From blogs, videos, podcasts and interviews, here you'll find resources that answer your questions about being an end-of-life doula.
different is where we do it and by what mechanism.
As our quarantine status shifts over time, so will how we deliver our services. We may not be able to accompany at the bedside but you will be able to do all the rest of what we do. You are still needed during the pre-dying time, but depending on where we are with this pandemic, you may not be able to be bedside.
The single most important new addition to our role (for every doula) is that of providing some kind of long term bereavement support for people affected by dying during covid. (Most doula services stop during early bereavement unless you are a bereavement doula).
Think about that.
If you are not able to incorporate that into your practice have people and organizations and services you can recommend for your person and family who was affected by death during COVID-19.
Remember, people need support right now, whether it is in person, by phone, by zoom, by car, by mail, by social media--it's the knowing that someone is near by, that you have someone you can talk to now. Together, you and they will decide what you both are willing to risk.
This needs to be between the doula and the person being served and their family.
Let the CDC guidelines be your guide. Remember all the rules of what has kept so many of us safe thus far. The job of helping at bedside puts you well within the 6 foot rule and in danger as well as the person you are helping and their family.
Again, you and the person that needs help will need to make the decision together what lengths you are willing to go.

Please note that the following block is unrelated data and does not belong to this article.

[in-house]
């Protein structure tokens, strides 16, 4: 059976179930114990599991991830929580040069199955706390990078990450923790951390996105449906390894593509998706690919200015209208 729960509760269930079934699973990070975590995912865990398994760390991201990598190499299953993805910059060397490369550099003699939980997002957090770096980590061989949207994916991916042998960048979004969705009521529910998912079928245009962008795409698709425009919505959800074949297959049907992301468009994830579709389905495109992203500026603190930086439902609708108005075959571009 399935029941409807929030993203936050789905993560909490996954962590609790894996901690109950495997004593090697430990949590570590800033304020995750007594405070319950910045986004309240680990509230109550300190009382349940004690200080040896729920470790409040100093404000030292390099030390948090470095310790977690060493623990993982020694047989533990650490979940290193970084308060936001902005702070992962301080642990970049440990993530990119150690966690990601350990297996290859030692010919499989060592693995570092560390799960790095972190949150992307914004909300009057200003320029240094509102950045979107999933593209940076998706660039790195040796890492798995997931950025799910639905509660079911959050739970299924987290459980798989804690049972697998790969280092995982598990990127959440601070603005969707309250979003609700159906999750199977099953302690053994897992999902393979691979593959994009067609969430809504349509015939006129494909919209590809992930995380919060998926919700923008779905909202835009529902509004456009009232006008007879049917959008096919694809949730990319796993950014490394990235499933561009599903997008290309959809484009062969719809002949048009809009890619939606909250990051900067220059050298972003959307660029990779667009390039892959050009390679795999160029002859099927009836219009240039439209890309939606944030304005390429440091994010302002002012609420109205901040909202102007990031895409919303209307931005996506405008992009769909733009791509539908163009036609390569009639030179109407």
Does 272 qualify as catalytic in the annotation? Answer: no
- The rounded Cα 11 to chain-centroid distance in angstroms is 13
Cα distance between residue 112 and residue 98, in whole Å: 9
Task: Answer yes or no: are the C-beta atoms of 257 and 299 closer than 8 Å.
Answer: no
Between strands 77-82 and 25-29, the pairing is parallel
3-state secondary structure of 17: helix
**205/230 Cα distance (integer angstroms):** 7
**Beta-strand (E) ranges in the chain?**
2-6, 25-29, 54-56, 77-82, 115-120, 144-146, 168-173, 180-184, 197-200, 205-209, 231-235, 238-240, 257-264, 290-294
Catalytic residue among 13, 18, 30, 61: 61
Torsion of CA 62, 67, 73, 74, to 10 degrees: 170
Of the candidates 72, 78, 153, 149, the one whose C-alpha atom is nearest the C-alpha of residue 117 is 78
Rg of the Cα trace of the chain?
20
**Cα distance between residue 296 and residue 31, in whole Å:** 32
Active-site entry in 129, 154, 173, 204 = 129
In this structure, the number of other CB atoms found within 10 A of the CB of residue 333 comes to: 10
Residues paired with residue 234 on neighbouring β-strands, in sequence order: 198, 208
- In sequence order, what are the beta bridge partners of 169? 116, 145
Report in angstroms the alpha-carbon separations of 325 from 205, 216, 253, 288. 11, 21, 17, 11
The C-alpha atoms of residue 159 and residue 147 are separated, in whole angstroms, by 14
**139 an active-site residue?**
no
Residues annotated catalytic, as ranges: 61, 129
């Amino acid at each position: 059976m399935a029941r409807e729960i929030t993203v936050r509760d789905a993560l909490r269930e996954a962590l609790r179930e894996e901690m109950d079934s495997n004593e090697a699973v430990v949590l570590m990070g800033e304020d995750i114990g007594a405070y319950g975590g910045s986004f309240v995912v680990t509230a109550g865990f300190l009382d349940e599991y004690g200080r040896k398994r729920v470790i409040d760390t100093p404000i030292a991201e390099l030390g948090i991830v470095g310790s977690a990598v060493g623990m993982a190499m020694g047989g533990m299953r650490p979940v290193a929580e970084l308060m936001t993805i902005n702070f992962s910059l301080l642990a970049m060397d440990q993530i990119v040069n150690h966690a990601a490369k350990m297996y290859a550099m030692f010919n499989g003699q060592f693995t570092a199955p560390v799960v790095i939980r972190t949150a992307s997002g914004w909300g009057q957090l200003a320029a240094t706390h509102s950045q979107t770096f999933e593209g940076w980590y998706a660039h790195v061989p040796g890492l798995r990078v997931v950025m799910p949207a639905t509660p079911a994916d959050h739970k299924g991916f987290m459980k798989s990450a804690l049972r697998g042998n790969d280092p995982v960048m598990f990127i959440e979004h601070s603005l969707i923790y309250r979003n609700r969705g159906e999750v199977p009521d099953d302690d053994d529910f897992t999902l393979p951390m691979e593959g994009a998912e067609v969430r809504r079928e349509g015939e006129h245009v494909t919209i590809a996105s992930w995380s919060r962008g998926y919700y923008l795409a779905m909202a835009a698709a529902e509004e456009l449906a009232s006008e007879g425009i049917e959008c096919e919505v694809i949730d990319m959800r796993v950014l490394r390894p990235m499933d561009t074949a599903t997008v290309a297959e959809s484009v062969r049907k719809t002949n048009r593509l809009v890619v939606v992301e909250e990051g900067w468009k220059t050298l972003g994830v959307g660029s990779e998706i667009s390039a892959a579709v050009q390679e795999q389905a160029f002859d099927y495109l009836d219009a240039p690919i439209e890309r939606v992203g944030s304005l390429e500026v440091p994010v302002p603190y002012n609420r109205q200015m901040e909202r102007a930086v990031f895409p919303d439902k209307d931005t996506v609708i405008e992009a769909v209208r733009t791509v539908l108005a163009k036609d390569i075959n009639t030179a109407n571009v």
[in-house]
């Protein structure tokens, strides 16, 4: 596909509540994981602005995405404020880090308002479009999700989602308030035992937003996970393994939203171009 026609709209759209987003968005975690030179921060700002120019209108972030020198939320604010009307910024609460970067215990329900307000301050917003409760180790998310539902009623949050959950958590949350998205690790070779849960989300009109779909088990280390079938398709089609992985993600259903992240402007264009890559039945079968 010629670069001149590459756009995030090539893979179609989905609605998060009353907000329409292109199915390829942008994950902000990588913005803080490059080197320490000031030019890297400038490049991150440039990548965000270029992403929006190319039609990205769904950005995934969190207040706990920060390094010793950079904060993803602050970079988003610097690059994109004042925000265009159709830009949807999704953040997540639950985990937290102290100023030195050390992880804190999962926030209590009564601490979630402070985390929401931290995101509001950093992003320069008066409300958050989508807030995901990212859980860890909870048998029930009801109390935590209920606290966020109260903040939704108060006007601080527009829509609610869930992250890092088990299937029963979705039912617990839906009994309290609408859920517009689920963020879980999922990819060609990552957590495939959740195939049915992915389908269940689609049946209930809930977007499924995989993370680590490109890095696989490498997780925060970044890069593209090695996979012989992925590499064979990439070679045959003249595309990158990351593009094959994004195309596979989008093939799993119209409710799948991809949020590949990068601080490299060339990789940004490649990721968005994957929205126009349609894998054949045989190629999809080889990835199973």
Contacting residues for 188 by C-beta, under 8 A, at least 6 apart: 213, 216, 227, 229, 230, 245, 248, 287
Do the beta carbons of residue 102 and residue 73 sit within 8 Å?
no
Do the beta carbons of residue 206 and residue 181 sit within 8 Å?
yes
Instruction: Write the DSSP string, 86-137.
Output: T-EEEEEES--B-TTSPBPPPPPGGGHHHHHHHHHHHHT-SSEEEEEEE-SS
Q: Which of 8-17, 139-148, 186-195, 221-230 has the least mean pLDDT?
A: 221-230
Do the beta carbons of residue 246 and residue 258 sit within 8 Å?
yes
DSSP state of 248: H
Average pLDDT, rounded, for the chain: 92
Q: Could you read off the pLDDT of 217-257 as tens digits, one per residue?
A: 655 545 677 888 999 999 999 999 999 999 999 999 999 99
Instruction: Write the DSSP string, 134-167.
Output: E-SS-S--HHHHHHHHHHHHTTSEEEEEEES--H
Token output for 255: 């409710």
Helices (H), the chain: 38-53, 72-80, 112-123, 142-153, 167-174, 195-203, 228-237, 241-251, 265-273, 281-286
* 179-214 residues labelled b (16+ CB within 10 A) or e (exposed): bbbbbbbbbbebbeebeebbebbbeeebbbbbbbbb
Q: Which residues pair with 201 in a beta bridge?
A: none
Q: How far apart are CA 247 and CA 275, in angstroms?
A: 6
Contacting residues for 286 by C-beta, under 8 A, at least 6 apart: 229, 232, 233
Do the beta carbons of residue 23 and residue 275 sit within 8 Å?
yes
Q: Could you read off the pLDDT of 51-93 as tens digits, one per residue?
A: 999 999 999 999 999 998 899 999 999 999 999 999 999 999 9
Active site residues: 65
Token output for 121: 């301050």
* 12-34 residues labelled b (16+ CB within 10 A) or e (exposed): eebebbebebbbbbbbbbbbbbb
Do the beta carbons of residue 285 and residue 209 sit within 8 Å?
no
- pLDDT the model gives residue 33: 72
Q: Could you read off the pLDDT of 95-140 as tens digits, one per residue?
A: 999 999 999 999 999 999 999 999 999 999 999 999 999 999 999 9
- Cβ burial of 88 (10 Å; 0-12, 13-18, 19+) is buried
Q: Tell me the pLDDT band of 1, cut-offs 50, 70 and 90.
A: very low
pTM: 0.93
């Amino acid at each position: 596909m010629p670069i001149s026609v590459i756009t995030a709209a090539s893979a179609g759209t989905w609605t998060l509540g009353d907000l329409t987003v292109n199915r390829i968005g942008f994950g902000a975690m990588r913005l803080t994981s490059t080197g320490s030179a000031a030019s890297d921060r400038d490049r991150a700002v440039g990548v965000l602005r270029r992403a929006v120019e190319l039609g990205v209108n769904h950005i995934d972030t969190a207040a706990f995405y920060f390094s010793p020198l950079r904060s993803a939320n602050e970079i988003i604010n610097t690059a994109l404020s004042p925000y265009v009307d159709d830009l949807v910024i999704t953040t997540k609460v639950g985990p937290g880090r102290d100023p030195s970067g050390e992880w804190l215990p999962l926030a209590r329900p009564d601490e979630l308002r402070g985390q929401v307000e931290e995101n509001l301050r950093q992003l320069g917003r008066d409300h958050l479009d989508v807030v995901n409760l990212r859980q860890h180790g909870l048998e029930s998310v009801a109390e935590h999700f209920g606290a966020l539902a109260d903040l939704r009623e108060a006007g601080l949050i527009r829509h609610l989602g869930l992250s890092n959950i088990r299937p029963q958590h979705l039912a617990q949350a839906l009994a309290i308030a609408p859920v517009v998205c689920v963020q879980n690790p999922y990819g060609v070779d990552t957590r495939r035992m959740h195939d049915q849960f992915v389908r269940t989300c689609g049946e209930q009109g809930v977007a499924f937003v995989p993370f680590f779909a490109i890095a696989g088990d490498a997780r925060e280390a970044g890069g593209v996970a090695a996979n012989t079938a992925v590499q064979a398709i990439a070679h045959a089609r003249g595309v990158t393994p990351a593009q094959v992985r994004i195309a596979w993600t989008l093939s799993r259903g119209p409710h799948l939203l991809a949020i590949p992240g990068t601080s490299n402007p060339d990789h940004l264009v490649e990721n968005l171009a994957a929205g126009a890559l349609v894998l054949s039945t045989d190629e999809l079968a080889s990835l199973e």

As a death doula, in our role of non-medical, practical, holistic and emotional support, don't wait until COVID is over before you begin serving people; COVID will never be over. People need us now.
Everyone must pivot in their lives right now.
We each will have a new way of relating to the world personally and professionally. End of life doulas are perfect for the needs that are happening due to the pandemic. There is much trauma from not being able to accompany our loved ones through illness, through dying and through death. So many have not been able to be there for the funeral either.
We have no idea what this is going to do to the people who are affected. We can see now that many are inconsolable. Yes that is normal to be inconsolable when a loved one dies, but their is an added layer of profound trauma from not being able to be present along the way.
Doulas have the perfect skill set to accompany people as they find their way after an experience like this. We are not therapists or chaplains or social workers. But we are human beings with a skill set to stay out of the way of a person's journey with dying and death and grief.
There is so much more to come for all of us. We are extremely lucky that our end of life doula movement is already in place. We thought we were in place for the 'silver tsunami' that is to come, the baby boomers who are aging and will be dying in record numbers. Yes we will be needed there too and we have time before that need is huge.
Right now we have this. And from what I know about training doulas for over 10 years, is that they are innovative, caring and deeply passionate about end of life support and together we will find a way through this.
Watch the Video Here:
00:15 Beginning of doulas in hospice, palliative care and changing awareness
1:44 Evolution of palliative care
2:55 The Silver Tsunami
3:20 Bridging the gaps and supporting others
5:00 Dying well in the modern age
6:00 Doulas are a part of the solution
7:12 Covid-19 brought a bigger need and demand
8:04 Pre-Death, During-Death, Post-Death Accompaniment
9:31 The average end-of-life doula and deep listeners
10:54 Every doula should have a long term bereavement plan
11:55 Time to step up
12:54 New ways to reach out
14:12 Hospice is a consultancy service and support doulas
15:59 Now is the time to go out